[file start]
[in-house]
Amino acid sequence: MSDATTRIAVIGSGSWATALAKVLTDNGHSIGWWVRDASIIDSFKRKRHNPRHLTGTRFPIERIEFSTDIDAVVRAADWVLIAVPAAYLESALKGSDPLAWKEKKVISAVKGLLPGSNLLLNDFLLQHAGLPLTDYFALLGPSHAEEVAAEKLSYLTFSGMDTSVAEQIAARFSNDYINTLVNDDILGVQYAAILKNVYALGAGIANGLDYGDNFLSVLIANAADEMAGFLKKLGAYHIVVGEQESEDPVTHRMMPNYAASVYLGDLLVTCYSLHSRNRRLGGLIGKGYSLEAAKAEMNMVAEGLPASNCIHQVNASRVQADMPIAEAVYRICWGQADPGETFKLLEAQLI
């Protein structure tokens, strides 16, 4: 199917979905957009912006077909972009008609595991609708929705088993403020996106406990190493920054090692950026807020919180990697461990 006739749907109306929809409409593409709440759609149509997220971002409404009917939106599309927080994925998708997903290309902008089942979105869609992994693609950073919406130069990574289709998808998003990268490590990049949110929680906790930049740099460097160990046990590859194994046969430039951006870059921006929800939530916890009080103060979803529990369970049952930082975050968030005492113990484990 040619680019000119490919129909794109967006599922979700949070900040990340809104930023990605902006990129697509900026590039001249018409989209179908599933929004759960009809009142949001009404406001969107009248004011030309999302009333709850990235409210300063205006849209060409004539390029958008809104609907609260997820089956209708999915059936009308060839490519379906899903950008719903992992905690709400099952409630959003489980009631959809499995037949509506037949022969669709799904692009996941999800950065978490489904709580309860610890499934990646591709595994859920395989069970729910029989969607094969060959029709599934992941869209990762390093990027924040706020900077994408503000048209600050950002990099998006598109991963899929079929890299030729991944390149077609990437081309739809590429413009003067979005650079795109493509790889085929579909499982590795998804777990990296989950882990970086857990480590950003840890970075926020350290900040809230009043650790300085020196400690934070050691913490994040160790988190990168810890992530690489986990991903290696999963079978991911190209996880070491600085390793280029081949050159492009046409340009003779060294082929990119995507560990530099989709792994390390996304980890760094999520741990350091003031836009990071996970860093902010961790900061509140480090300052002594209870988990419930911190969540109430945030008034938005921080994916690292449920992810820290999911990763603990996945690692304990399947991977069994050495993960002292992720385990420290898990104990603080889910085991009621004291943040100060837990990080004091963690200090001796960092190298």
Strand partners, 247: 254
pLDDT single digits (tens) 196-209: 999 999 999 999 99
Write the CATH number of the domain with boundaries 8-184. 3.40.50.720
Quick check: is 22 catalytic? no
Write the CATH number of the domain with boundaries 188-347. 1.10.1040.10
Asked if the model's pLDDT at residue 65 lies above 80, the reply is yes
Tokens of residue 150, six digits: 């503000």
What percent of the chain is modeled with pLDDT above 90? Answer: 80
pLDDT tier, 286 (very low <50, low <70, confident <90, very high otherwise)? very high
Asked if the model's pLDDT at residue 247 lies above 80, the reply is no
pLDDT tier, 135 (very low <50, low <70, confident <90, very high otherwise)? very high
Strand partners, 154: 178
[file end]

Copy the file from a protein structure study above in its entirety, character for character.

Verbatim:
[in-house]
Amino acid sequence: MSDATTRIAVIGSGSWATALAKVLTDNGHSIGWWVRDASIIDSFKRKRHNPRHLTGTRFPIERIEFSTDIDAVVRAADWVLIAVPAAYLESALKGSDPLAWKEKKVISAVKGLLPGSNLLLNDFLLQHAGLPLTDYFALLGPSHAEEVAAEKLSYLTFSGMDTSVAEQIAARFSNDYINTLVNDDILGVQYAAILKNVYALGAGIANGLDYGDNFLSVLIANAADEMAGFLKKLGAYHIVVGEQESEDPVTHRMMPNYAASVYLGDLLVTCYSLHSRNRRLGGLIGKGYSLEAAKAEMNMVAEGLPASNCIHQVNASRVQADMPIAEAVYRICWGQADPGETFKLLEAQLI
């Protein structure tokens, strides 16, 4: 199917979905957009912006077909972009008609595991609708929705088993403020996106406990190493920054090692950026807020919180990697461990 006739749907109306929809409409593409709440759609149509997220971002409404009917939106599309927080994925998708997903290309902008089942979105869609992994693609950073919406130069990574289709998808998003990268490590990049949110929680906790930049740099460097160990046990590859194994046969430039951006870059921006929800939530916890009080103060979803529990369970049952930082975050968030005492113990484990 040619680019000119490919129909794109967006599922979700949070900040990340809104930023990605902006990129697509900026590039001249018409989209179908599933929004759960009809009142949001009404406001969107009248004011030309999302009333709850990235409210300063205006849209060409004539390029958008809104609907609260997820089956209708999915059936009308060839490519379906899903950008719903992992905690709400099952409630959003489980009631959809499995037949509506037949022969669709799904692009996941999800950065978490489904709580309860610890499934990646591709595994859920395989069970729910029989969607094969060959029709599934992941869209990762390093990027924040706020900077994408503000048209600050950002990099998006598109991963899929079929890299030729991944390149077609990437081309739809590429413009003067979005650079795109493509790889085929579909499982590795998804777990990296989950882990970086857990480590950003840890970075926020350290900040809230009043650790300085020196400690934070050691913490994040160790988190990168810890992530690489986990991903290696999963079978991911190209996880070491600085390793280029081949050159492009046409340009003779060294082929990119995507560990530099989709792994390390996304980890760094999520741990350091003031836009990071996970860093902010961790900061509140480090300052002594209870988990419930911190969540109430945030008034938005921080994916690292449920992810820290999911990763603990996945690692304990399947991977069994050495993960002292992720385990420290898990104990603080889910085991009621004291943040100060837990990080004091963690200090001796960092190298």
Strand partners, 247: 254
pLDDT single digits (tens) 196-209: 999 999 999 999 99
Write the CATH number of the domain with boundaries 8-184. 3.40.50.720
Quick check: is 22 catalytic? no
Write the CATH number of the domain with boundaries 188-347. 1.10.1040.10
Asked if the model's pLDDT at residue 65 lies above 80, the reply is yes
Tokens of residue 150, six digits: 């503000």
What percent of the chain is modeled with pLDDT above 90? Answer: 80
pLDDT tier, 286 (very low <50, low <70, confident <90, very high otherwise)? very high
Asked if the model's pLDDT at residue 247 lies above 80, the reply is no
pLDDT tier, 135 (very low <50, low <70, confident <90, very high otherwise)? very high
Strand partners, 154: 178